Cidering Lesson Plan

The cider press was a common household appliance, similar to the way a toaster or blender are today. Cider was even a common form of payment for work at one point in time. Farm workers could make 4 pints of cider a day. It was also used to pay rent and taxes.

Take your students on a behind the scenes look at a favorite fall treat. Tour a local orchard or cider mill and make your own cider right in your classroom!

Before You Go

– Research the services your local orchards and cider mills can provide.

– Be well aware of any allergies within your classroom.

– Introduce your students to the process of cidering: https://www.youtube.com/watch?v=EJ5GxjifztU

– In the video, you will see the apples sorted, mashed, and pressed into juice. Without adding anything else, the 100% pure apple juice is bottled and sold.

Fun Facts

  1. An apple is considered nature’s toothbrush.
  1. The third longest living president believed cider made people healthier. President John Adams drank a jug of cider every morning, and he lived until he was 90 years old.
  1. A baptism often included cider in the 14th century, because many thought it was cleaner than water.
  1. The healthiest part of an apple is the skin.
  1. The longest apple peel measured at 172 feet and 4 inches long.
  1. The average American consumes 44.3 pounds of apples a year.
  1. A gallon of apple cider requires 36 apples.

Content

Knowledge

  • Steps in a process
  • Origin of day-to-day food
  • Connections with local growers or farmers
  • Parts and functions of a plant
  • Life cycle of a plant
  • Nutrition
  • Vocabulary
    • Cider: (noun) A drink made by crushing fruit, usually apples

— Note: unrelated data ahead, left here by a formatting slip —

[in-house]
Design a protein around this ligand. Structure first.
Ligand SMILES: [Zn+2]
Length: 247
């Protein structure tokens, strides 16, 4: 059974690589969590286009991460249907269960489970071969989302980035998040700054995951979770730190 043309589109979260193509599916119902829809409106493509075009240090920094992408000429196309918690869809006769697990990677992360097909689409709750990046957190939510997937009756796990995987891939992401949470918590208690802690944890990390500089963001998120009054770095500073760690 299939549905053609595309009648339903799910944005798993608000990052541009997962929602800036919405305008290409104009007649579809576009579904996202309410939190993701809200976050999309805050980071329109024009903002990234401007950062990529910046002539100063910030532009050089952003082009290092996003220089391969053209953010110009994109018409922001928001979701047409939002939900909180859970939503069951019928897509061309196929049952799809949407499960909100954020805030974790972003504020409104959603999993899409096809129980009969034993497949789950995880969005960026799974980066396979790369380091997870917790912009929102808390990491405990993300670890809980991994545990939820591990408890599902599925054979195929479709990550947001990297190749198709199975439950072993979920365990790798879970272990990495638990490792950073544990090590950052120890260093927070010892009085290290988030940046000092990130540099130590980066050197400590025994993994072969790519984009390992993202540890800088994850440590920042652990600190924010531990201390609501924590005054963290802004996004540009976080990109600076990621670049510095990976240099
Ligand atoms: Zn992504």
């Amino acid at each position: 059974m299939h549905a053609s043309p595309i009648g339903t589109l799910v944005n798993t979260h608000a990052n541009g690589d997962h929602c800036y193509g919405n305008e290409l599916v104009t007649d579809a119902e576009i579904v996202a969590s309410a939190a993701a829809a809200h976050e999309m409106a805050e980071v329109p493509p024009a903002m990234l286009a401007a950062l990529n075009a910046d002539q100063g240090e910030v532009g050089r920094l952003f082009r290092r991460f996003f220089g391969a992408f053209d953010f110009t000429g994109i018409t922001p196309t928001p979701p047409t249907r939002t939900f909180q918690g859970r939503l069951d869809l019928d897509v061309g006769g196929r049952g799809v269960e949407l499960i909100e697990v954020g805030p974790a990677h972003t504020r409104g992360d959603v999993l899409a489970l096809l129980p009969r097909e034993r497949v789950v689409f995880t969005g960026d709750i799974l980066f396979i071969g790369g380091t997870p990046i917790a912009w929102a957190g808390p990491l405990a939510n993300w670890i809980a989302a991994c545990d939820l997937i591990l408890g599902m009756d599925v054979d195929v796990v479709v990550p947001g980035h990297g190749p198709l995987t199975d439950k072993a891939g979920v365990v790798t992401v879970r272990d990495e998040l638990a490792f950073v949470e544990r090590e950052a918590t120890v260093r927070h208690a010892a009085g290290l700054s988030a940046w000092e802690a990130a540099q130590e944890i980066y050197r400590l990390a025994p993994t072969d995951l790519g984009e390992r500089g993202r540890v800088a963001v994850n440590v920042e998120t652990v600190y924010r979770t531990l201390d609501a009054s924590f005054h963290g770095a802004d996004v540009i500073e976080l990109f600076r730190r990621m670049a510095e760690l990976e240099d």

• Apple: (noun) A fruit from a small tree; a part of the rose family
    • Pomology: (noun) The science of growing apples
    • Plant: (noun) A living thing that transforms sunlight into food- tree, shrub, grass, moss, algae
      • Fruit: (noun) A part of a plant that protects the seeds- apple, pear, orange
      • Flower: (noun) A part of a plant that attracts pollinators and produces seeds
      • Seed: (noun) A part of a plant that will someday grow into a new plant
      • Leaf: (noun) A part of a plant that takes in sunlight and converts air and water into food
      • Stem: (noun) A part of a plant that transports water and nutrients to other parts and supports the structure
      • Root: (noun) A part of a plant that absorbs water and nutrients from the soil

Skills

  • Classroom community building
  • Listening skills
  • Verbal communication
  • Vocabulary development
  • Data interpretation
  • Information analysis
  • Critical thinking/problem solving
  • Writing
  • Math computation and operations
  • Measurement
  • Follow Up
    • Write about experiences on the trip and share.
    • Taste test different variations of apples and journal.
    • Try this recipe in your classroom.
      • Ingredients:
        • 3 pounds of apples
        • 1 orange
        • Spices such as cinnamon sticks, clove, and nutmeg
        • Sweetener such as honey, maple syrup, and sugar
      • Steps:
        • Cook on high (3-4 hours) or low (6 hours)
        • An hour before the timer runs out, use a wooden spoon or potato masher to crush the fruit
        • Continue to simmer the mixture for the final hour

Welcome to our new home!

From
ClassTrips.com
CampDirectorsResources.com